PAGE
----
|David LaChapelle (1963-)|
“…you will be repaid at the resurrection of the righteous.” (Luke 14:14)
Boy howdy do we ever love status. I guess that’s why facebook is so appealing. We can really show ourselves off like we’re all still trying to be the cool kids in high school. With the ability to publish our every thought and activity to hundreds of “friends” at once, Mr. Zukerberg has successfully managed to keep America in a perpetual state of adolescence. I’m just glad the acne doesn’t come with it.
But status, prestige, the adulation of the masses, and big rewards are the things Jesus warns us about in the Gospel reading assigned for Pentecost 12 in the Revised Common Lectionary this year (Luke 14: 1, 7-14). Jesus has been invited to a dinner party at some big-shot Pharisee’s house. It’s pretty clear the host didn’t invite Jesus in the hope of a reciprocal invitation to an equally swanky soiree. Nope. Jesus doesn’t have those kinds of bucks. But I suspect the itinerant rabbi’s fame is what put him on the A-list. All the other guests are looking at this peasant preacher, the current flavor of the month around Israel, and wondering what he’s going to do and say. Maybe some of them only showed up because they heard the famous Jesus of Nazareth would be attending. If we can’t be a celebrity, you know, we at least like to say we’ve met one.
Jesus is watching them, too. He sees how they jockey for position, everybody trying to get the VIP seats at the table to show off their stature within the community. So Jesus busts out with the parable in verses 7-11. The moral is pretty obvious: Don’t go around puffing yourself up, because somebody will—inevitably—come along and let the air out of you. Then you’ll be disgraced. Which is bad. There are some folks who would prefer cancer to humiliation.
I’d like to point out, however, that I don’t think there’s any real sin in being successful or well-regarded. In a brilliant speech he gave at King’s College, London in 1944[i], C.S. Lewis likened having status to inheriting a fortune from your maiden aunt. If she dies and leaves you a ton of money, there’s nothing wrong with that. The sin is in coveting it. That is, if you want the old broad to kick off so she can leave you her loot, you better get yourself right with God. The hunger for status, fame, adulations, or what have you is the real problem. It’s like a drunk’s thirst for booze. A little bit is too much, and a lifetime of praise is never enough. It will be cool for a while, but will eventually leave you unsatisfied. You’ll discover your fellow high-status people are just as messed up and insecure as you are.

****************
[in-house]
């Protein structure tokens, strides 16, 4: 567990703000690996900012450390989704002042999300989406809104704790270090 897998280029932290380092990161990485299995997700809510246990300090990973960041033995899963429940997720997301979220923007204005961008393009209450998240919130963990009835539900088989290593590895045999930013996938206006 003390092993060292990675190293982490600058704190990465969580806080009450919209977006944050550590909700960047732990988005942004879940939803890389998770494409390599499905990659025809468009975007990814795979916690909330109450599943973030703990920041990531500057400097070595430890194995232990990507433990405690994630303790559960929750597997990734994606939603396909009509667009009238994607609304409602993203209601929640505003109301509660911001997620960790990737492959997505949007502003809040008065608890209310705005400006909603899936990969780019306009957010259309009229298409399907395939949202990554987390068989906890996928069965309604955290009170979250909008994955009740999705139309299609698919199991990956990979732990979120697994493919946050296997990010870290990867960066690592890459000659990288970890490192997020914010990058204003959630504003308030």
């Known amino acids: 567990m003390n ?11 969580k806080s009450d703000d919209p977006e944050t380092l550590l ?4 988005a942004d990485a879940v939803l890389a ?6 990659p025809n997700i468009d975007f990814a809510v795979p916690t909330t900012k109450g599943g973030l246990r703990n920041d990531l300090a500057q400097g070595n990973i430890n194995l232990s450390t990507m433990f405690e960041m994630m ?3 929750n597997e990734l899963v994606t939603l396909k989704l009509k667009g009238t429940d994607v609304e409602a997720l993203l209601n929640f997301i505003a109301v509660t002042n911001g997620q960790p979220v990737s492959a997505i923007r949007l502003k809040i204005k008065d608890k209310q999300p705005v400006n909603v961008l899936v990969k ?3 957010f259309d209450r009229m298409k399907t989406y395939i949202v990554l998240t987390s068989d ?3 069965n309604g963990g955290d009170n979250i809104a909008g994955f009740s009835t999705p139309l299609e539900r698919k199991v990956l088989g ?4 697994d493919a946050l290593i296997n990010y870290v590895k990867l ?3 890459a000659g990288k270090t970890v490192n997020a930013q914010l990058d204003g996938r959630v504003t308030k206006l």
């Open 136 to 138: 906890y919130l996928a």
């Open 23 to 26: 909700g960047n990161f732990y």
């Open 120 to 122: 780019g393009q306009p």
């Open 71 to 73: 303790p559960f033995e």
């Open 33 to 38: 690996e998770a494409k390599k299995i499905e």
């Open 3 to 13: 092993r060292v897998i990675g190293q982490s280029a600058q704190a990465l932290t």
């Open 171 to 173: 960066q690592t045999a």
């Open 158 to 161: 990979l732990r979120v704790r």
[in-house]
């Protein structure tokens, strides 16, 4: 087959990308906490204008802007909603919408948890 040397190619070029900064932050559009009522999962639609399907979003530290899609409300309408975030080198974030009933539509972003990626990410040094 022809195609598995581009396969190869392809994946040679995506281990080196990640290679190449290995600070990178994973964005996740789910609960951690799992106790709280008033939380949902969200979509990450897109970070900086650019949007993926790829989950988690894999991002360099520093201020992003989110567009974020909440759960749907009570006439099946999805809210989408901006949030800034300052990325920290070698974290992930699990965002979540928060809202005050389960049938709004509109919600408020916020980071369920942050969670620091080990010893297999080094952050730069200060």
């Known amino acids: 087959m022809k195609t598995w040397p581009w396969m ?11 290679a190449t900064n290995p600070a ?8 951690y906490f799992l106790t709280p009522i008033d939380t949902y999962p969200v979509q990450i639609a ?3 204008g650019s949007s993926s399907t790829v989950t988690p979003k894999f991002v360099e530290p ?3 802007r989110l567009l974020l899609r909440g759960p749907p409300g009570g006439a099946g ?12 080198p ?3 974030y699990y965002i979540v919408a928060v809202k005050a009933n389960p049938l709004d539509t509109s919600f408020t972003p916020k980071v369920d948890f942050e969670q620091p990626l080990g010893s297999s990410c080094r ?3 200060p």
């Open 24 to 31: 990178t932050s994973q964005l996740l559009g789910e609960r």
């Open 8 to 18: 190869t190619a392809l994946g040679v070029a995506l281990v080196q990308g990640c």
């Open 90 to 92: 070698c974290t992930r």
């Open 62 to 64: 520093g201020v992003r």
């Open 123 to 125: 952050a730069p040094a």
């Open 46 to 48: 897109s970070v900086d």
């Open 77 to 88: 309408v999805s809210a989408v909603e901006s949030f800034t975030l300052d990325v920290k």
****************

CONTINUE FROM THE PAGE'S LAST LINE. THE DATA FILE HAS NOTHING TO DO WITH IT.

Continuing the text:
When I re-read Jesus’ suggestion for a better dinner party in verses 12-14, I thought of that great old MGM melodrama Dinner at Eight.[ii] A society lady wants to show off to her friends by inviting a British peer and his wife to dinner. She’s so obsessed with the impression she’ll be making that she never notices the illness of her husband and the turmoil of her daughter. We, the audience, see how all of the dinner guests, in spite of their tuxedos and evening gowns and glittering jewels, are just a bunch of broken and miserable human beings full of sin and unhappiness.
What would the world look like, I wonder, were we to put all the effort and resources we put into making ourselves look successful and important into providing mercy and aid for the “unimportant” people of the earth? Those “little people,” you see, are pretty big and important in God’s eyes. And so are you.
Just remind yourself. Once a man loved you so much that he went to death on a cross for you. You were that important. You mattered that much to him. Is there any job or honor you’re going to get, any swanky friend you’re going to make, any award you’ll win or applause you’ll receive that will matter more to you than the knowledge of how much God already loves you? I mean, come on. Do you really give a crap about where you sit at the table? Because at the head of the table or at the foot, the end of the meal will be the same.
[ii] It was released in 1933. It’s brilliantly over-acted by an all-star cast and based on a play by George S. Kaufman and Edna Ferber. If you ever see it, you’ll know why folks in the Depression found it great escapism.